bst build iso/image.bst
This command tells Buildstream to export the image we built from the cache to an ISO in the iso folder:
bst checkout --hardlinks iso/image.bst iso
Running in a VM
Now open GNOME Boxes, create a new VM, and use the generate ISO (in the /iso subfolder of your gnome-build-meta checkout). Congrats, you now have your very own locally built GNOME OS VM!
You could also use this same ISO on real hardware, by just following the instructions.
So far we have showed only how to build and run GNOME modules where the source code is opaque and controlled entirely by BuildStream.
However of course you will want to develop your own software within GNOME and test changes you make to any GNOME module, for this we use the Buildstream workspaces feature, which will simply tell Buildstream that it needs to use local code for a specific project, instead of the one from the repositories. Performing this step is needed only once.
To open a workspace execute in a terminal:
bst workspace open sdk/gtk.bst ~/Projects/gtk
This will clone the Gtk repository from the local cache with a checkout at the exact commit which would be used in the present project state, you are now free to pull new changes from the upstream repository at will, switch branches and modify source code directly, the next build will use the content of the workspace.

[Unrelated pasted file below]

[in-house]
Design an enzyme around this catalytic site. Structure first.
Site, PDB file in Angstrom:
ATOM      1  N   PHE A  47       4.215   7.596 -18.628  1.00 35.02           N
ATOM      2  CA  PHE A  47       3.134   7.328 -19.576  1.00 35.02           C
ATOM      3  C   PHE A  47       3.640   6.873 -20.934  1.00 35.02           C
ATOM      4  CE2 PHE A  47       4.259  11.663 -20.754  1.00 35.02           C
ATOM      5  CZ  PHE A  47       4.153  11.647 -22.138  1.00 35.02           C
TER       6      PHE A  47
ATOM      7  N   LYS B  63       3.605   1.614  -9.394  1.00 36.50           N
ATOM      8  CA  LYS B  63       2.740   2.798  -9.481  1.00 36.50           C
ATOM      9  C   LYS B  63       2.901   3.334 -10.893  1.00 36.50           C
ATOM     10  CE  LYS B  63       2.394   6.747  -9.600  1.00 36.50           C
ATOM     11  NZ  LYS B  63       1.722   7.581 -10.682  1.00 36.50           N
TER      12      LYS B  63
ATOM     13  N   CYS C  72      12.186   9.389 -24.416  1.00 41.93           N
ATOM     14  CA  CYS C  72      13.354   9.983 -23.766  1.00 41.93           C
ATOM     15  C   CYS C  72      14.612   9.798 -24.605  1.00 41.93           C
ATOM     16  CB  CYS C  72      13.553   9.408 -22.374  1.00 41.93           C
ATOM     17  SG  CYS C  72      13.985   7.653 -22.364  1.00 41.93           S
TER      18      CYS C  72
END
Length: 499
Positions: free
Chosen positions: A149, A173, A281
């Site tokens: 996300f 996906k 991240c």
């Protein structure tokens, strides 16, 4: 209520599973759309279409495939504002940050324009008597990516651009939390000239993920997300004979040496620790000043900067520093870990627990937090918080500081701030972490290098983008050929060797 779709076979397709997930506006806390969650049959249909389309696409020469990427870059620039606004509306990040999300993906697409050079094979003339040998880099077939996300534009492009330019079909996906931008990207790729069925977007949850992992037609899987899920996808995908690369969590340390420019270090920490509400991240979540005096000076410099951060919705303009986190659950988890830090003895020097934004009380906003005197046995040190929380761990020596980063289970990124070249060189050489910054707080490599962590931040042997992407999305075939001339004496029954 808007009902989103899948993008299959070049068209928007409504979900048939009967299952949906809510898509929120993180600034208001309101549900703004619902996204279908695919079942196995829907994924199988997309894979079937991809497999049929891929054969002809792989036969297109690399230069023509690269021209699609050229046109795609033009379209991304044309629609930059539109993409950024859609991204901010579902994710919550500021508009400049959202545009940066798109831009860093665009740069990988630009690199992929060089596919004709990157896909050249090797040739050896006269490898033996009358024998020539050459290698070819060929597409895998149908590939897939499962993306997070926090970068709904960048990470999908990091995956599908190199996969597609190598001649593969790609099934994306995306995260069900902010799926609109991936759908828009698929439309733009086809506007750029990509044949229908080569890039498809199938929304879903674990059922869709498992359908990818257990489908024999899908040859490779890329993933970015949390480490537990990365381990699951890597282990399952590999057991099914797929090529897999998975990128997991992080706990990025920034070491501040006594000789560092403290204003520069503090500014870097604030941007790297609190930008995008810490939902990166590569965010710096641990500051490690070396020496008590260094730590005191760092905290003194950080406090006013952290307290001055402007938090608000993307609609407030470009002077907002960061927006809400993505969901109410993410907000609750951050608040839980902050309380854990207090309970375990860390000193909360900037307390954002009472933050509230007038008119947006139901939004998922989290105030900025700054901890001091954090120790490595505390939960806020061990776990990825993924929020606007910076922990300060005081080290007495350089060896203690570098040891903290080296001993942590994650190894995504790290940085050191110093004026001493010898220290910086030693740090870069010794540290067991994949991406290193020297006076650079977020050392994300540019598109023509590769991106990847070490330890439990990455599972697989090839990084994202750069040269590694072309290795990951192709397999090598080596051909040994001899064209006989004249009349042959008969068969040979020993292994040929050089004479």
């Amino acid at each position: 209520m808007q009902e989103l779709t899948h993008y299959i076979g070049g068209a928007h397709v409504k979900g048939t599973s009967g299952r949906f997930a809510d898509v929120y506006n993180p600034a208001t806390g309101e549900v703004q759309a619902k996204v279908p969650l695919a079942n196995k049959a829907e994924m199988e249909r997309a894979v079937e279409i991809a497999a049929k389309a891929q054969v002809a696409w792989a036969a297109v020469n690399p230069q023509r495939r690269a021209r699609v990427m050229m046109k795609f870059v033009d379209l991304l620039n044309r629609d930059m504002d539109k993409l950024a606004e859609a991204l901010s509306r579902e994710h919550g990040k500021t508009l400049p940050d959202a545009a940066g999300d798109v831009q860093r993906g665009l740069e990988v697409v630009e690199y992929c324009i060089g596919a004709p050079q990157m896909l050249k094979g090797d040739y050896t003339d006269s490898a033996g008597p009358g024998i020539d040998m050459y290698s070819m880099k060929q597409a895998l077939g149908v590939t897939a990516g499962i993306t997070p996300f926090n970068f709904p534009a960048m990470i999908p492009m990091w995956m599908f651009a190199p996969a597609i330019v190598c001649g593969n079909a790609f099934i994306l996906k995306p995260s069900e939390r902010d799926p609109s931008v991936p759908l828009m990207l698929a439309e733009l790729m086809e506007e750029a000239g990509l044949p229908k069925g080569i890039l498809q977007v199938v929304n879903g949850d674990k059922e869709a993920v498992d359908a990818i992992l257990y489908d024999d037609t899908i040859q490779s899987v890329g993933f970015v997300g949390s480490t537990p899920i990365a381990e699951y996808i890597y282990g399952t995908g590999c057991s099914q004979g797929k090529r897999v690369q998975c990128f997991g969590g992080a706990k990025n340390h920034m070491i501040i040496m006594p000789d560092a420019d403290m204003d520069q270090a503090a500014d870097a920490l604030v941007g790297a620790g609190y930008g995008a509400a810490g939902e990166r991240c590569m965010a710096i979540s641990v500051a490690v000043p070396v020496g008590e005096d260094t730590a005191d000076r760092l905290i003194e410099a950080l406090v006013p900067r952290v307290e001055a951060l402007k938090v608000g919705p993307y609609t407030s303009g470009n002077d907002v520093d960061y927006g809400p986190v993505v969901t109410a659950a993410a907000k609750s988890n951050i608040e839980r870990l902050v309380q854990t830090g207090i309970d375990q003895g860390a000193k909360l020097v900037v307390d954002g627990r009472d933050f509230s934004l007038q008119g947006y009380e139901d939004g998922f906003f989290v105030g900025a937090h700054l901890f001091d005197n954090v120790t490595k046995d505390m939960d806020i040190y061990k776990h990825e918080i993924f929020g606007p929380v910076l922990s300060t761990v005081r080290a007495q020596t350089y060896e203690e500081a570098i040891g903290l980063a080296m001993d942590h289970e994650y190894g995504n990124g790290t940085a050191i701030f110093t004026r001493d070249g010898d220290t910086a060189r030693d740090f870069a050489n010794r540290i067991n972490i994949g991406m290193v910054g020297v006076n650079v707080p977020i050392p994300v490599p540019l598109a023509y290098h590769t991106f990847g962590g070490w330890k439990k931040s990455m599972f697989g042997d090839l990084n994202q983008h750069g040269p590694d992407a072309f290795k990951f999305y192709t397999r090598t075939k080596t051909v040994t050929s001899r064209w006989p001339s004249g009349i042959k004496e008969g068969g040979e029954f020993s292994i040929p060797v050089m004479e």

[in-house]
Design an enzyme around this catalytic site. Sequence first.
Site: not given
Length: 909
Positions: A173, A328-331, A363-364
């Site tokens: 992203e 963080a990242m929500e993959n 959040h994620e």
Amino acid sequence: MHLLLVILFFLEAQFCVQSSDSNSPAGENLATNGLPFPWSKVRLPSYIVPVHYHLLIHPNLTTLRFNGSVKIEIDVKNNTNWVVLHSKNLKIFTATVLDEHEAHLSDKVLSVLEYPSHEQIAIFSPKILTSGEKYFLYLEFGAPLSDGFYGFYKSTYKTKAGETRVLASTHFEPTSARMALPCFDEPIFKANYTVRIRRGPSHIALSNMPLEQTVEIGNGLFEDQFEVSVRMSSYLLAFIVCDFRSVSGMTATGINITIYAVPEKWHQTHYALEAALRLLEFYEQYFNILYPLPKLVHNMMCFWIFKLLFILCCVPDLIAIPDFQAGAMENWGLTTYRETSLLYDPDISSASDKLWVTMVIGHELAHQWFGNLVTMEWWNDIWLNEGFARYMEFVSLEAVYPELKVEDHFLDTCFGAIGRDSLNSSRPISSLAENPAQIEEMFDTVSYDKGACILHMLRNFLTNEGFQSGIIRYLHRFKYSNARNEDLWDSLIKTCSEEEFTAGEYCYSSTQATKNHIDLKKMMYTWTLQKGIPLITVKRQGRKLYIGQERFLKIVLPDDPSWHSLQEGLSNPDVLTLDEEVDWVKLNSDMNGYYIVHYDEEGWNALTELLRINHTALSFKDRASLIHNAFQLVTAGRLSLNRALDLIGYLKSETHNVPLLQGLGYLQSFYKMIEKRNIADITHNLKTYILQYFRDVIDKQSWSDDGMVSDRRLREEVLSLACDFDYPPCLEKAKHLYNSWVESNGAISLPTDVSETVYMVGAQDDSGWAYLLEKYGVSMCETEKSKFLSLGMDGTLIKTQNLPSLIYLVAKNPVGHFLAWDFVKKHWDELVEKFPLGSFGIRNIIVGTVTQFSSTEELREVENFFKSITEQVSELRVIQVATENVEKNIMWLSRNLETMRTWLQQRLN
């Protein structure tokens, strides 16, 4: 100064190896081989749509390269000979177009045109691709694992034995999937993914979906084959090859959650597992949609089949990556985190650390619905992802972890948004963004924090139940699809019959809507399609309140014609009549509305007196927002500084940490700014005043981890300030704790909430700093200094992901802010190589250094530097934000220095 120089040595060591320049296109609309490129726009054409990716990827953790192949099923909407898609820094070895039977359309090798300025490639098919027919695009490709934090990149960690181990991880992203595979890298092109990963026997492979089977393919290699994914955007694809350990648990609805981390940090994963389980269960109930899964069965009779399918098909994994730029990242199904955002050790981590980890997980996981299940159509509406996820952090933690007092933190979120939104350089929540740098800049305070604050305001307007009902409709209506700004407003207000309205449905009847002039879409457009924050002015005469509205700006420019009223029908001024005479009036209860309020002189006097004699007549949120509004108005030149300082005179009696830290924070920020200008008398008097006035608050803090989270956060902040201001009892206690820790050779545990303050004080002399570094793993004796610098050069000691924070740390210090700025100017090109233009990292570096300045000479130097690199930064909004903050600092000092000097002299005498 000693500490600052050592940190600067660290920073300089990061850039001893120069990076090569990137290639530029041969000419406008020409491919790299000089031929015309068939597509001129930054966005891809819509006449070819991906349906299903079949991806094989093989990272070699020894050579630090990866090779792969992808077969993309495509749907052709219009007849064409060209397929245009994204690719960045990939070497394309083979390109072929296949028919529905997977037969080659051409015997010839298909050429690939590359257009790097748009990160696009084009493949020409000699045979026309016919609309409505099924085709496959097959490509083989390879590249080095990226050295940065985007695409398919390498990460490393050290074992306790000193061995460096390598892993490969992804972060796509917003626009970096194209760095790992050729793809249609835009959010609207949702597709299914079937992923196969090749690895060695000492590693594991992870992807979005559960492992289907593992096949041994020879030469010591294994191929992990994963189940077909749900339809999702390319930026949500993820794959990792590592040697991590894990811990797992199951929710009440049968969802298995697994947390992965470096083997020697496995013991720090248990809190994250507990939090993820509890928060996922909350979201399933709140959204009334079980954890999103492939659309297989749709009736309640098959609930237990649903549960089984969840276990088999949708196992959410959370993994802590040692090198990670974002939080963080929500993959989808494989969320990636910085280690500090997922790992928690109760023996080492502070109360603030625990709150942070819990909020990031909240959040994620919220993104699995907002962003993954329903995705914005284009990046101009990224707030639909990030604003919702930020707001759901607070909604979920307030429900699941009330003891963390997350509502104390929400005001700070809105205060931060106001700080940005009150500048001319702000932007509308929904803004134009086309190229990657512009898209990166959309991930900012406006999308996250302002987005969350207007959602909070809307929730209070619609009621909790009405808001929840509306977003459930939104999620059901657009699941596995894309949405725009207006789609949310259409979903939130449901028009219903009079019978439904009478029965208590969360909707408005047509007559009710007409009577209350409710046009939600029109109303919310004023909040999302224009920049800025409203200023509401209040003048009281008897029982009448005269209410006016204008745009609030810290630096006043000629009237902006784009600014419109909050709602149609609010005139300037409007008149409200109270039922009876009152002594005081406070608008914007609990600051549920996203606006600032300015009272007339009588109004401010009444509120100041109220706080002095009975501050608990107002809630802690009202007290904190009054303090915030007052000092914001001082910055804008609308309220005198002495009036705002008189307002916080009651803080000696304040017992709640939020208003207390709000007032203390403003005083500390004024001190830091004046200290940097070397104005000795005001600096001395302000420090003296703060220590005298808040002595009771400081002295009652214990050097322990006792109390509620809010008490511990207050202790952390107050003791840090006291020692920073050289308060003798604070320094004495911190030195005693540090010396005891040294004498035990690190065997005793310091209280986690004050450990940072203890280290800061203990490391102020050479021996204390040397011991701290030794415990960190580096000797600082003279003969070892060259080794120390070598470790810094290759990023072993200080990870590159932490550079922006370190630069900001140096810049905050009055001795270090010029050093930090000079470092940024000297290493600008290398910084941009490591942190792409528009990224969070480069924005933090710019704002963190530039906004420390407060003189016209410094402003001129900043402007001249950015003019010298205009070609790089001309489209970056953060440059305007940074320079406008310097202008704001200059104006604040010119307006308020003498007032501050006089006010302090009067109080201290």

If you have GNOME commit access you may want to change the origin URL:
cd ~/Projects/gtk git remote set-url origin firstname.lastname@example.org:GNOME/gtk.git
From here, it's possible to develop iteratively by simply make changes in the code and then executing:
cd $HOME/Projects/gnome-build-meta bst build sdk/gtk.bst
And then to run the changes:
bst shell sdk/gtk.bst gtk4-demo
If you want to do tests such as "meson test" or "make check" you need to enter a build shell. For that, execute:
bst shell --build sdk/gtk.bst ninja test
Updating to latest build metadata
As you can see, once we did the first build we don't update anymore the dependencies. Althought this is fast, this could be problematic if something changes in your application that needs a new dependency version. For that, it's recommended to periodically pull the latest changes from the GNOME Build Metadata repository. To do that, simply:
cd $HOME/Projects/gnome-build-meta git pull --rebase
Then continue with your development as usual.